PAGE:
Australian F1 race doomed after 2010, says Jones Former world champion Alan Jones believes the Australian Grand Prix will disappear from the formula one calendar after 2010.
The race is unlikely to continue at Melbourne's Albert Park and has no chance of a future in Sydney, Jones said.
Australian Grand Prix Corporation officials are trying to persuade formula one boss Bernie Ecclestone to extend the contract for the Australian event beyond 2010.
Ecclestone has issued a variety of veiled threats about the race's viability, including suggesting recently it might move to Sydney. A feasibility study into upgrading the Eastern Creek track near Sydney to formula one standards was announced recently.
But, according to the 1980 drivers' champion, the Australian Grand Prix's days are numbered. "They're talking about spending $30 million on it, which would probably furnish Bernie's office, but I don't think it'd build a good F1 track," Jones told Eurosport.com.
"They're kidding themselves. If I was a betting man, I wouldn't say F1 is going to be in Melbourne either after 2010.
"I'd be sad to see the Australian GP go. I'm a big F1 fan and proud of the way my country's hosted those events in the past."
The Australian Racing Drivers' Club has commissioned one of the world's leading motor racing circuit engineering companies to determine what would be needed for Eastern Creek to meet formula one regulations. The study will explore the possibility of building a major complex, which could host MotoGP and V8 supercar races as well as formula one.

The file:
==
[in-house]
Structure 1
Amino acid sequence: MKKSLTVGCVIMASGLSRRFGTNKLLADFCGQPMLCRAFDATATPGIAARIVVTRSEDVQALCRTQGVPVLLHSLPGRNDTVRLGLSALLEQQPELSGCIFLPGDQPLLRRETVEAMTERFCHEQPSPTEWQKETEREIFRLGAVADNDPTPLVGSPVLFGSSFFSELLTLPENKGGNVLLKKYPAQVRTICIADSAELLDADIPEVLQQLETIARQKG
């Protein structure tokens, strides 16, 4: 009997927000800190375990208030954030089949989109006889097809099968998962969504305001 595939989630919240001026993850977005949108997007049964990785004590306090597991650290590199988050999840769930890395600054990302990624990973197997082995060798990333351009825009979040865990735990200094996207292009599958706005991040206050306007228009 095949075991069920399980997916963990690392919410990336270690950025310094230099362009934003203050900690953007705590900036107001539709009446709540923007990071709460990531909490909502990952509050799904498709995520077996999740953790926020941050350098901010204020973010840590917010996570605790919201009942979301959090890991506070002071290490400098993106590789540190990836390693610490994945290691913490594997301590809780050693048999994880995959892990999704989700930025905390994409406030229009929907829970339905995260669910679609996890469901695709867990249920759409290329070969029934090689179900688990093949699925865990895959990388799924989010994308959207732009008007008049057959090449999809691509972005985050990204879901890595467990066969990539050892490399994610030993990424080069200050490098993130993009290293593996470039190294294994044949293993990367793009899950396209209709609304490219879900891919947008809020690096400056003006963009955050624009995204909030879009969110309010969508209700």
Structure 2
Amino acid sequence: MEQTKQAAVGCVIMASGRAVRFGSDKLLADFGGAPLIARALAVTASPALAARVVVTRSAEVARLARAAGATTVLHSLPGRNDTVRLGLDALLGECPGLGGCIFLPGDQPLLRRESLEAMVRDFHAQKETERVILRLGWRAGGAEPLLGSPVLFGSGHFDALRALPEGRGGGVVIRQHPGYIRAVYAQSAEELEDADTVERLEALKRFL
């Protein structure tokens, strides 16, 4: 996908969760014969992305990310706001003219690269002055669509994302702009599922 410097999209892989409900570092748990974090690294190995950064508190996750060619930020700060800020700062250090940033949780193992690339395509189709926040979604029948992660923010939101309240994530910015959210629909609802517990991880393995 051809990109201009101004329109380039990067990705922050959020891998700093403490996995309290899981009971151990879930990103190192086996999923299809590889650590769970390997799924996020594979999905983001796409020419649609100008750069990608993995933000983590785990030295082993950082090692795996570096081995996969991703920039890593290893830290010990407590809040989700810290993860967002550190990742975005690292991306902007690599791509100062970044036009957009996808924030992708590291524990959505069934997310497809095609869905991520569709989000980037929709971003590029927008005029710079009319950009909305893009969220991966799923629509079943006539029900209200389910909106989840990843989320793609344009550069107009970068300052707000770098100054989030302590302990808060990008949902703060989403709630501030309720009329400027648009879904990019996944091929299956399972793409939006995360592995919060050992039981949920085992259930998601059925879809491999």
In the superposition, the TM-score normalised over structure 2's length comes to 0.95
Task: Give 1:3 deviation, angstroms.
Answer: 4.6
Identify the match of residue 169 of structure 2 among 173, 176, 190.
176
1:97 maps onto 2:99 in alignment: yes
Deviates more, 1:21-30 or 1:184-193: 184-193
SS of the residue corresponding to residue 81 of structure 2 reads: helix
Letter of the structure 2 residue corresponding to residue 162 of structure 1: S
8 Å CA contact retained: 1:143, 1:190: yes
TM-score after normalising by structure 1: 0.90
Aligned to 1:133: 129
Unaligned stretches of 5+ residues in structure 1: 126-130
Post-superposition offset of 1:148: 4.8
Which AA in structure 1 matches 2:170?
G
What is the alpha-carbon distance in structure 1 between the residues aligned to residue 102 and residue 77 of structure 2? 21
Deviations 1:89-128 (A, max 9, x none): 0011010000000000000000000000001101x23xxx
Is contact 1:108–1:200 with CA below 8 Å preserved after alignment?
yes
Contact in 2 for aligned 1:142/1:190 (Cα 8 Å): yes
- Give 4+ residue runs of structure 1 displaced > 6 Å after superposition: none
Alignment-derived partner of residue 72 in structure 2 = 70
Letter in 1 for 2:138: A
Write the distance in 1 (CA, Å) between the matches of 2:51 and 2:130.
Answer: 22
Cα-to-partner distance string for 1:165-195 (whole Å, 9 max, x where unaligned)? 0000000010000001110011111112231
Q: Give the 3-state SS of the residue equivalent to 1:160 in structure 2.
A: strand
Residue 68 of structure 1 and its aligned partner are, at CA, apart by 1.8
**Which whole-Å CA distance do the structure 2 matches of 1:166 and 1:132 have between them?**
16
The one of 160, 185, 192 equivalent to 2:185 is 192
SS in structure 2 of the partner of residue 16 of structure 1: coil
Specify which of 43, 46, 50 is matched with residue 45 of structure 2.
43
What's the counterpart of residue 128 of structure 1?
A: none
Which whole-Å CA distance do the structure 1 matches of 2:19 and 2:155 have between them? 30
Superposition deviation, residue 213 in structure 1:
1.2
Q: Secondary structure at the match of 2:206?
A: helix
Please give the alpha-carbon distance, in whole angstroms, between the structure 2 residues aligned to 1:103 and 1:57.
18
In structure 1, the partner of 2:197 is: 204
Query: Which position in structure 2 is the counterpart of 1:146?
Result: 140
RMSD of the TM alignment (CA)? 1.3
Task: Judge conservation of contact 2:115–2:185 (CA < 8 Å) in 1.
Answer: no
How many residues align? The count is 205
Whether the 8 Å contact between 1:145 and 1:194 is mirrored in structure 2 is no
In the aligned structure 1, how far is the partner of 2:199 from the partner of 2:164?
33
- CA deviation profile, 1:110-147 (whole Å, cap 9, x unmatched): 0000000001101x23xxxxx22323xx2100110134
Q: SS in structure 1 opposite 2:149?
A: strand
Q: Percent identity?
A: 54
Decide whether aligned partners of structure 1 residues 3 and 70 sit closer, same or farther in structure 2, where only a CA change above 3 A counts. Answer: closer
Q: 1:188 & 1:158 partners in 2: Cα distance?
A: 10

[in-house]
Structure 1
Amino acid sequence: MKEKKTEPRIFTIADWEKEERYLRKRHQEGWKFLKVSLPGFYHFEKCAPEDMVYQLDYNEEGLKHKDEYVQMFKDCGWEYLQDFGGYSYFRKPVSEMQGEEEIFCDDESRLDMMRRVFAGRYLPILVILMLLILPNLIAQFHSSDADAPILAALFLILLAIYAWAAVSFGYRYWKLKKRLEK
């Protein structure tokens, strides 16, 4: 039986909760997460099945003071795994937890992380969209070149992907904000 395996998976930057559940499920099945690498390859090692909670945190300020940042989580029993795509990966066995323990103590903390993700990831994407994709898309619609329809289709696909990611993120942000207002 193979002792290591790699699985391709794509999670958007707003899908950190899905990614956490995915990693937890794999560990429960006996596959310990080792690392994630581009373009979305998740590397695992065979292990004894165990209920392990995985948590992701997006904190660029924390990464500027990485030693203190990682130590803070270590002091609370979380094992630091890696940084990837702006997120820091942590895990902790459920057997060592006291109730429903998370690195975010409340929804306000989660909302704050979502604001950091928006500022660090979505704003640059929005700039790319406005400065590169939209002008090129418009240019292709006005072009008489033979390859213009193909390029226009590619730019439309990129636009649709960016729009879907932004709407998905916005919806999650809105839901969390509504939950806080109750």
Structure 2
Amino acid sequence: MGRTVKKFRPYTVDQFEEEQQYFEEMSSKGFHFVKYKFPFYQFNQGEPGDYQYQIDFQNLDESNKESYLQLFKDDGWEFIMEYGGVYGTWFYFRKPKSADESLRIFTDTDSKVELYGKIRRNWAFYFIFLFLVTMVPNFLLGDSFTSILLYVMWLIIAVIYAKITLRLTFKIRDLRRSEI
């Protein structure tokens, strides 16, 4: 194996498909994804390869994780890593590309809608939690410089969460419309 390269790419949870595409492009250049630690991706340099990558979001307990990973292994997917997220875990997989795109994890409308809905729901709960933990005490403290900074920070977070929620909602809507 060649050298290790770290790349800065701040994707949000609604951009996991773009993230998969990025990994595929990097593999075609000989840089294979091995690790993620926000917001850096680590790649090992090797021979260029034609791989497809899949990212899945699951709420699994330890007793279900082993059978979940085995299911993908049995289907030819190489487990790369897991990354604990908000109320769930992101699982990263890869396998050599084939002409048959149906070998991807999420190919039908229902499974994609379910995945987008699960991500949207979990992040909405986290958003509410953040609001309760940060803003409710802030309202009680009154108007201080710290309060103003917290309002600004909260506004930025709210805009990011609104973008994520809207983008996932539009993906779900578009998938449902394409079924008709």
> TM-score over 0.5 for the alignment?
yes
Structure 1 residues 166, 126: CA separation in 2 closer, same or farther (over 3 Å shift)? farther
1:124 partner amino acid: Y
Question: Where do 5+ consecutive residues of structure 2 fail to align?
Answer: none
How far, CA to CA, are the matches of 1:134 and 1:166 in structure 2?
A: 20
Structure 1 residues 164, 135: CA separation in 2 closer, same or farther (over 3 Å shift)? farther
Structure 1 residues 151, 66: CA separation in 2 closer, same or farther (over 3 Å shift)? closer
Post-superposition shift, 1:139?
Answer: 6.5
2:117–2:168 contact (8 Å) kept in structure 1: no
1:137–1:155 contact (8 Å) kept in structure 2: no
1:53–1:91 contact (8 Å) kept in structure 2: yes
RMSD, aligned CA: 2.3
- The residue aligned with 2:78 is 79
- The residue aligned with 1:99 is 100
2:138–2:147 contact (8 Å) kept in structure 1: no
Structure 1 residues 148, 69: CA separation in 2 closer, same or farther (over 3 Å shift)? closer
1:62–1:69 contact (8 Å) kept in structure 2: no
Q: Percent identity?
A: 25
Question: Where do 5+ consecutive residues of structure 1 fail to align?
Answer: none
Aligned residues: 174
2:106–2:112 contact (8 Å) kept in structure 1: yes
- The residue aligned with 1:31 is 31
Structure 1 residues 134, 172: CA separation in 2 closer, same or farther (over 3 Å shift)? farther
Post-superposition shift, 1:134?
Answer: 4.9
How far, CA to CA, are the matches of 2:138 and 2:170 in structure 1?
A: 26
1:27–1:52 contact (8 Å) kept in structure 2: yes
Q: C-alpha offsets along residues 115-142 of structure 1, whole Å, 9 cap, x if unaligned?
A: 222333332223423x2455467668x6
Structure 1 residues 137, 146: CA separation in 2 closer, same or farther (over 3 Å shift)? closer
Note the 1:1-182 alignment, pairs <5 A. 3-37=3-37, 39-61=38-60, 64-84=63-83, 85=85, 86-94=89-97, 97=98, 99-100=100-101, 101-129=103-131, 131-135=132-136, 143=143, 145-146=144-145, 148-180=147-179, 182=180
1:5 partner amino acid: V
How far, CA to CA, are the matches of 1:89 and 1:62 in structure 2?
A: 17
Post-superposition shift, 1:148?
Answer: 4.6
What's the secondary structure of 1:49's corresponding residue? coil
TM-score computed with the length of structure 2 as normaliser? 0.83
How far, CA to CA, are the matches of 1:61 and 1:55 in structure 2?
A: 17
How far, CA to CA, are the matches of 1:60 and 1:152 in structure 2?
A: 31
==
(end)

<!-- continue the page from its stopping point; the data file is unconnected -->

Ecclestone claims Russia and India are two countries ready to snap up the Australian round if the contract is terminated, although grand prix officials doubt they will be prepared.
Club president John Cotter said the Eastern Creek study was "an essential first step in plans to ensure Australia remained relevant in world motor sport".
"Strong competition from emerging nations to secure major motor sport events threatens to marginalize Australia, with a resulting loss in status and tourism potential," Cotter said. The Age